Shawn DeNae Eddy Wagenseller
Washington Bud Company
Smokey Point, WA
We were recently in Arizona for a week of golf and sunshine before we hunker down into what is predicted to be an unusually cold and particularly wet Pacific Northwest winter. The day before we left for the Southwest, we had an open house tour for the welcoming committee of The Cannabis Alliance. I was recently elected to their board of directors, so it was a great time to gather as comrades and show off our cannabis farm.
We begin each tour with some history about our cannabis journey, beginning before 1985 when my husband Bill and I met in Wyoming. I was a sales executive for the local television and radio station. Bill was building custom homes around the town’s country club golf course. We were both slinging weed. What I did not know prior to meeting Bill is that the dime bags I was selling were coming from the serious weight he was bringing into town from, interestingly enough, Arizona.
I married my dealer in January 1986. He had a son and we quickly added a second son, Seth, to our family. Bill’s last run to Arizona was a complete rip-off as $15,000 went out the door and the promised product never arrived. We decided it was less risky to grow our own and supply only ourselves and close friends.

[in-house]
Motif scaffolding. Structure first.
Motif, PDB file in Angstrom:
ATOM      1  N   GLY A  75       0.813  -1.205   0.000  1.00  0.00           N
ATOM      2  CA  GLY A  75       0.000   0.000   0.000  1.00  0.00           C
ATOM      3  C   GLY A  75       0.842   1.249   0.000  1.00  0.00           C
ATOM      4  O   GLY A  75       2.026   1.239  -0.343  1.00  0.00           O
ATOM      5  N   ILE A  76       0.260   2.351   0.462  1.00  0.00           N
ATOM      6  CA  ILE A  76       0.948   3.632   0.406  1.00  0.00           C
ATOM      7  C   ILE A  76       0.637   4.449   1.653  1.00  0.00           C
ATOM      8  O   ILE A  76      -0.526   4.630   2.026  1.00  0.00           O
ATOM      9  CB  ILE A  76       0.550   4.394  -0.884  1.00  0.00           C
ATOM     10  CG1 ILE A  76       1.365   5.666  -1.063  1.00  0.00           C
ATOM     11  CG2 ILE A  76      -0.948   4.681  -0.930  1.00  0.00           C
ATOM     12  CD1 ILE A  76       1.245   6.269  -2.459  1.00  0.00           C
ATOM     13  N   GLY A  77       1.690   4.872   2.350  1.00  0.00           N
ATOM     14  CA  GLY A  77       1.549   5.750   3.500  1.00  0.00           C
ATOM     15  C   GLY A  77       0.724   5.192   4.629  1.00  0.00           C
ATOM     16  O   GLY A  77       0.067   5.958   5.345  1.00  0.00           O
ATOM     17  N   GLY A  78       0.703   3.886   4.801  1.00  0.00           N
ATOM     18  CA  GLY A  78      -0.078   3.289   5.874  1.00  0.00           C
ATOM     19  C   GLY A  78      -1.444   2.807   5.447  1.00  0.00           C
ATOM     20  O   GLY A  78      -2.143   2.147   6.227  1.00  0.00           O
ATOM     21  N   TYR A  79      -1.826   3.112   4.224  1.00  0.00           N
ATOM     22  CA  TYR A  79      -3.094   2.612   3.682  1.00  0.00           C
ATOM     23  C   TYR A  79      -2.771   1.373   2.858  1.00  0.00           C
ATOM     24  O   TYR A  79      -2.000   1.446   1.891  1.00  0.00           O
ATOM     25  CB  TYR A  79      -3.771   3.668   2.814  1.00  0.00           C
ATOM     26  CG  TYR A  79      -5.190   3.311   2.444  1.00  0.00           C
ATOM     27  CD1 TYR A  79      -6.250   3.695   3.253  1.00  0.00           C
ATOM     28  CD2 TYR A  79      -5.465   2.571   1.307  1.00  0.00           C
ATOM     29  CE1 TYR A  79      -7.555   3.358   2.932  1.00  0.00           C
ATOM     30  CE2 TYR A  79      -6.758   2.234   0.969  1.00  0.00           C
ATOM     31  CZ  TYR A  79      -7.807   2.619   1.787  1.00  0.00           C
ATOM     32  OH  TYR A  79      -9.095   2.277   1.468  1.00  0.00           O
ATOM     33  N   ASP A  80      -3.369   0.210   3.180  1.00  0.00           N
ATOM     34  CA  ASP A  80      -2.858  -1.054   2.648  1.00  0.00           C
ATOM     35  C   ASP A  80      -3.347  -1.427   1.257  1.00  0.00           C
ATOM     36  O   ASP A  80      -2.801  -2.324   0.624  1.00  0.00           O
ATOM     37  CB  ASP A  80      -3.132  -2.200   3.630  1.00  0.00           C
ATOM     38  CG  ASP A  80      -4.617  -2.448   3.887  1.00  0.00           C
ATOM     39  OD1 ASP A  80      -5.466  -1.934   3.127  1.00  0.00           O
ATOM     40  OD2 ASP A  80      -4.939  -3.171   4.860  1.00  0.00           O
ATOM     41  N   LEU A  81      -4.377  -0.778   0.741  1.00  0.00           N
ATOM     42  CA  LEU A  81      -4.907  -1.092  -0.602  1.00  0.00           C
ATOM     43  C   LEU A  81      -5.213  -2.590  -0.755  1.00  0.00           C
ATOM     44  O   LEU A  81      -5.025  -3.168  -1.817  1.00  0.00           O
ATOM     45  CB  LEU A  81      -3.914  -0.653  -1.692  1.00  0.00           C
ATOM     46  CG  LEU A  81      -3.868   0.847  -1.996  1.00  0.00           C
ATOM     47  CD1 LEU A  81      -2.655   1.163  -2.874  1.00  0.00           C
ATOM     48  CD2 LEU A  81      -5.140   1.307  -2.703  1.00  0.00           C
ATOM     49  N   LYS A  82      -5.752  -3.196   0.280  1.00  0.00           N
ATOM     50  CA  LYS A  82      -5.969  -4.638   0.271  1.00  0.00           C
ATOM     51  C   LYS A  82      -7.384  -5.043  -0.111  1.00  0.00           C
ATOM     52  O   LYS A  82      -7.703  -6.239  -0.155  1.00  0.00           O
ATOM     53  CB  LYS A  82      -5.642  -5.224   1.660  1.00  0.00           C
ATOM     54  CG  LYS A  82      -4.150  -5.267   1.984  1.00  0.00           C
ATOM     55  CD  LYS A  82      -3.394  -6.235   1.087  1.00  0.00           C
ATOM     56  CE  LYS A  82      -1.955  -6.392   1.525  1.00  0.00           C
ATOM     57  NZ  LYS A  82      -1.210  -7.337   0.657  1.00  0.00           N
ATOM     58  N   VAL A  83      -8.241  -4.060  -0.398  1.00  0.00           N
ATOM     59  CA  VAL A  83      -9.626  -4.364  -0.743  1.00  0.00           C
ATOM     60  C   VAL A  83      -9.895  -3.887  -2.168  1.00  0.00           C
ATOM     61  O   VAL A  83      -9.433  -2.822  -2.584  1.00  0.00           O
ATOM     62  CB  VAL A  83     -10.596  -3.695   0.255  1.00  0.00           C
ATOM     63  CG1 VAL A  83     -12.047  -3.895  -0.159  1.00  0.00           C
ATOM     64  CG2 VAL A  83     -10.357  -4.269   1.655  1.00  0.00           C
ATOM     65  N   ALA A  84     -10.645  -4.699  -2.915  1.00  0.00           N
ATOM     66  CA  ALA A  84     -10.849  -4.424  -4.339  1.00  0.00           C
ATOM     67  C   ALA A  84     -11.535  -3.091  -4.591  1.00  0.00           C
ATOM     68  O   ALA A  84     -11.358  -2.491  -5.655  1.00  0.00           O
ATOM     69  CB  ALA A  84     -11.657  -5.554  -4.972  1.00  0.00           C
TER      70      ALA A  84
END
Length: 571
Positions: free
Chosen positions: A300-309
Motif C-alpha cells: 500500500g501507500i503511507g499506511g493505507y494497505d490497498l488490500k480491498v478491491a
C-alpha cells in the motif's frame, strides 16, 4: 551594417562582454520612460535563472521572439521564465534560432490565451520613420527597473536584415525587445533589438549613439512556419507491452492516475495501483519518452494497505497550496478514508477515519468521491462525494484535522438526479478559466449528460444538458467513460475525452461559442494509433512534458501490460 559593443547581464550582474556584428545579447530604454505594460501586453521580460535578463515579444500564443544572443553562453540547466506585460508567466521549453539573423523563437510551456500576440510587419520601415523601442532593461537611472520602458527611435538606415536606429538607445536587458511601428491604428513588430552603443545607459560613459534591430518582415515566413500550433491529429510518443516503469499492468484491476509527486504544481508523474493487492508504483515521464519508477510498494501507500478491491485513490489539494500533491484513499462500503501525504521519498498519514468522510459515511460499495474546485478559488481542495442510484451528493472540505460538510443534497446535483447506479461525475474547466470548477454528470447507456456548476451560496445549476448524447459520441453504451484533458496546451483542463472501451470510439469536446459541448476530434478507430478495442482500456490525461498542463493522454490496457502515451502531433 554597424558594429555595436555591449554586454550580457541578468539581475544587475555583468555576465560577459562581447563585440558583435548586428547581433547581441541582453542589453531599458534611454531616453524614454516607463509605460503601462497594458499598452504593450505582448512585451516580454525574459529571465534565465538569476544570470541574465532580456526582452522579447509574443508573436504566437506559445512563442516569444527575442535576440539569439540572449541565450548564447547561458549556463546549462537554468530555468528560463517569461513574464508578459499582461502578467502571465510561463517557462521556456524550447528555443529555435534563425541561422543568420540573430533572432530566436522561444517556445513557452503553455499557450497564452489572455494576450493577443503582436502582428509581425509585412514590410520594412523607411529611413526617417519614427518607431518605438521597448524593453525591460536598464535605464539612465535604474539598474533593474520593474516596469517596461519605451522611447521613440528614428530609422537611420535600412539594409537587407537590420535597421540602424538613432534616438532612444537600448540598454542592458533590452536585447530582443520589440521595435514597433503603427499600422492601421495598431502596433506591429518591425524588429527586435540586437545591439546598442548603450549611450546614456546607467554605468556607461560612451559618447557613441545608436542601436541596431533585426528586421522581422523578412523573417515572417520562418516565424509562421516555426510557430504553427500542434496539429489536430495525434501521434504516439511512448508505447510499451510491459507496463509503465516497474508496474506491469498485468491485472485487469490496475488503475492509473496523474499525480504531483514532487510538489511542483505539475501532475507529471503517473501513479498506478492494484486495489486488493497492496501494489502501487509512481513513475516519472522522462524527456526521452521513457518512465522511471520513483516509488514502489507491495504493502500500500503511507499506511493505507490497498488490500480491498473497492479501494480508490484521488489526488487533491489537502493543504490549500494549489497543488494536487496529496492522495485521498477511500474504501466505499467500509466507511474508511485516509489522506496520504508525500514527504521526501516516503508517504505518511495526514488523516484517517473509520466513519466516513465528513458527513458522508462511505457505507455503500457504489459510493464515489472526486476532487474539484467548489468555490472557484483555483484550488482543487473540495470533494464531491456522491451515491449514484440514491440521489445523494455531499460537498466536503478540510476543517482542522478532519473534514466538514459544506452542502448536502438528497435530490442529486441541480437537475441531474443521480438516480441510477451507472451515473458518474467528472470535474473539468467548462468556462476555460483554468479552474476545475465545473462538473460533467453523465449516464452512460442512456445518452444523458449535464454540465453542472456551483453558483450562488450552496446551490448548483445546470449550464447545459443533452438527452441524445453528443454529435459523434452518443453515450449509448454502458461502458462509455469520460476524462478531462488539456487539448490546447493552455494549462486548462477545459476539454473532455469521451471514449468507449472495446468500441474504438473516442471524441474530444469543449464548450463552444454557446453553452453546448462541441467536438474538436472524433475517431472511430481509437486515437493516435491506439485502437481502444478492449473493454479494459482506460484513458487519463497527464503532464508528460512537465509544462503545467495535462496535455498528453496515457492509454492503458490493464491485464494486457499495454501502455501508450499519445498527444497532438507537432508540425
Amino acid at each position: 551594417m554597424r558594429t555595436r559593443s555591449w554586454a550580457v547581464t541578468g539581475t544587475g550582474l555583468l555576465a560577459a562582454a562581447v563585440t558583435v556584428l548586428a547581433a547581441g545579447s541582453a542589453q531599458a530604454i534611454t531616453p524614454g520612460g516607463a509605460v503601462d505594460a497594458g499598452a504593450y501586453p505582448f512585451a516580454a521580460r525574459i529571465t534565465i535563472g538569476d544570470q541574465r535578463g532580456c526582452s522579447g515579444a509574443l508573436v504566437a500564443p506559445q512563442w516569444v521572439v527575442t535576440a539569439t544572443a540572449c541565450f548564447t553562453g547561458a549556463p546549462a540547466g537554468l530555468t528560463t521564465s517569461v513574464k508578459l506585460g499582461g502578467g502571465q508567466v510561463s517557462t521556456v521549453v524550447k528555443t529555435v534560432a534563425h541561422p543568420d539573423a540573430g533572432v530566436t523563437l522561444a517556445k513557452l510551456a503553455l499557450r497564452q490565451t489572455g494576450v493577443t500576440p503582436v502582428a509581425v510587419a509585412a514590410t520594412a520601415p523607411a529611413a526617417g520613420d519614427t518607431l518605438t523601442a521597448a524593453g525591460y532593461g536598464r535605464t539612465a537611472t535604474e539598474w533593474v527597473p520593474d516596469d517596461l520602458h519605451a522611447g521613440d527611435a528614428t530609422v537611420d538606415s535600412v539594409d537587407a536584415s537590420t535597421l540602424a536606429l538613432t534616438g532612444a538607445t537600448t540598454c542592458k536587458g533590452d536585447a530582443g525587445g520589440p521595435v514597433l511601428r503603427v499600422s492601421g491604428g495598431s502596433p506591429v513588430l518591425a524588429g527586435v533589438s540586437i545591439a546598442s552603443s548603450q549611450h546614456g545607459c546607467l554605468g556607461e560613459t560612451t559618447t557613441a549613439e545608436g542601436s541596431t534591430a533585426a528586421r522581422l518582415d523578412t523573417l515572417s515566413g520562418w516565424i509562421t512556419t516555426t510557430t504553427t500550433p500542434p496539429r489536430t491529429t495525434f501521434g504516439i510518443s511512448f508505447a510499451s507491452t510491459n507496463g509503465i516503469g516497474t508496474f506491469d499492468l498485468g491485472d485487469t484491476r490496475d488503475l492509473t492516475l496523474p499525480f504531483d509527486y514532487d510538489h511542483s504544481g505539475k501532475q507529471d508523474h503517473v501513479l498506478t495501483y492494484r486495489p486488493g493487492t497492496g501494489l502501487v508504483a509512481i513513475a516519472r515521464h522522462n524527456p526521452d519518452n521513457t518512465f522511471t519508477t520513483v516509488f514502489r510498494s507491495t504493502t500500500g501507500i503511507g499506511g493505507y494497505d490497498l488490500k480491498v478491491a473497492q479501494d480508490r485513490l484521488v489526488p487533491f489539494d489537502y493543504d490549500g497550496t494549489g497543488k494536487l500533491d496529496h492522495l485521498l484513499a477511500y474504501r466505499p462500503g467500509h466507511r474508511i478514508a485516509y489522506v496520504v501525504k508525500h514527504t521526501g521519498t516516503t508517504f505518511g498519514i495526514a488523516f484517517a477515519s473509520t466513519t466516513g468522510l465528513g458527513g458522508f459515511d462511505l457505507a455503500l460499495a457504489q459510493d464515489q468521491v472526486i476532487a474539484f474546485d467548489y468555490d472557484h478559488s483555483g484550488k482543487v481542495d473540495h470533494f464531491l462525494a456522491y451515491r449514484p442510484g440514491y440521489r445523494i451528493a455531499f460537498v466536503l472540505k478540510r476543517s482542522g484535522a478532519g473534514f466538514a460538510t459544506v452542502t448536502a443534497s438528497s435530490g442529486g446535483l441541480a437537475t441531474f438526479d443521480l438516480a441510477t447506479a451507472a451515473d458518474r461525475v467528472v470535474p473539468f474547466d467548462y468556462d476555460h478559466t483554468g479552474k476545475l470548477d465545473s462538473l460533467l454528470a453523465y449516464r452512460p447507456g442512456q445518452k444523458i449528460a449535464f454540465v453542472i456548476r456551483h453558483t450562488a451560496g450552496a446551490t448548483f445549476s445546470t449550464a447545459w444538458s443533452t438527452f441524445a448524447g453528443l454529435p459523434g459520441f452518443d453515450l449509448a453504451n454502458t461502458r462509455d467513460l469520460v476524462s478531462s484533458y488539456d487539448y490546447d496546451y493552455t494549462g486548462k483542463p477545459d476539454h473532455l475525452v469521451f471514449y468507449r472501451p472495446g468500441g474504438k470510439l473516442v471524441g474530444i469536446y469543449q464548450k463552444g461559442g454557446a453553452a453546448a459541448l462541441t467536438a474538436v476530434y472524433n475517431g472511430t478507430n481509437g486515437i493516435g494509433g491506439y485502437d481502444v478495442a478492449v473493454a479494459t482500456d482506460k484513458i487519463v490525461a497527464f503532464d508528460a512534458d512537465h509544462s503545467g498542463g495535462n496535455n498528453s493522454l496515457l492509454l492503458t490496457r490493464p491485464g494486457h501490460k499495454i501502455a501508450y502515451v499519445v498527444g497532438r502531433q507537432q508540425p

Then the Reagan administration launched the national Marijuana Eradication Hotline (later rebranded as Crime Stoppers) in the summer of 1986. Our babysitter smelled the plants and called her mom who called the newly established 1-800 line. The sheriff’s deputies were cleaning out “the largest indoor marijuana grow found in the state” the next day — we had two lights!
It made splashy, front-page, above-the-fold headlines the next day. Our newly elected sheriff was a hero. Our home became a drive-by sensation for curious locals.
When the evidence was thrown out due to a bad search, we packed up and moved to Seattle. It was January 1987. Had we not been white, I have little doubt that we might be behind bars still.
The “Just Say No” campaign was in full swing circa 1995 when our fifth-grader told us the cop at school said we were criminals, and he was instructed to turn us in. We quit smoking weed, shut down our little closet grow and focused on our construction company and raising our boys.
My health began to decline rapidly — with no logical diagnosis — until I smoked a joint at the 2010 Seattle Hempfest. I had apparently been self-medicating all those years ago for undiagnosed Lyme disease. Cannabis makes me feel better when nothing else does.
While in Arizona this last trip, I needed some sleep aid so went to a vertically integrated cannabis retail chain for supplies. How disappointing! They had no comparison to the selection, quality and prices available in Washington state.
So, again, after decades gone by, we prefer our own grown product over what’s offered in Arizona. Come tour sometime and you’ll see why.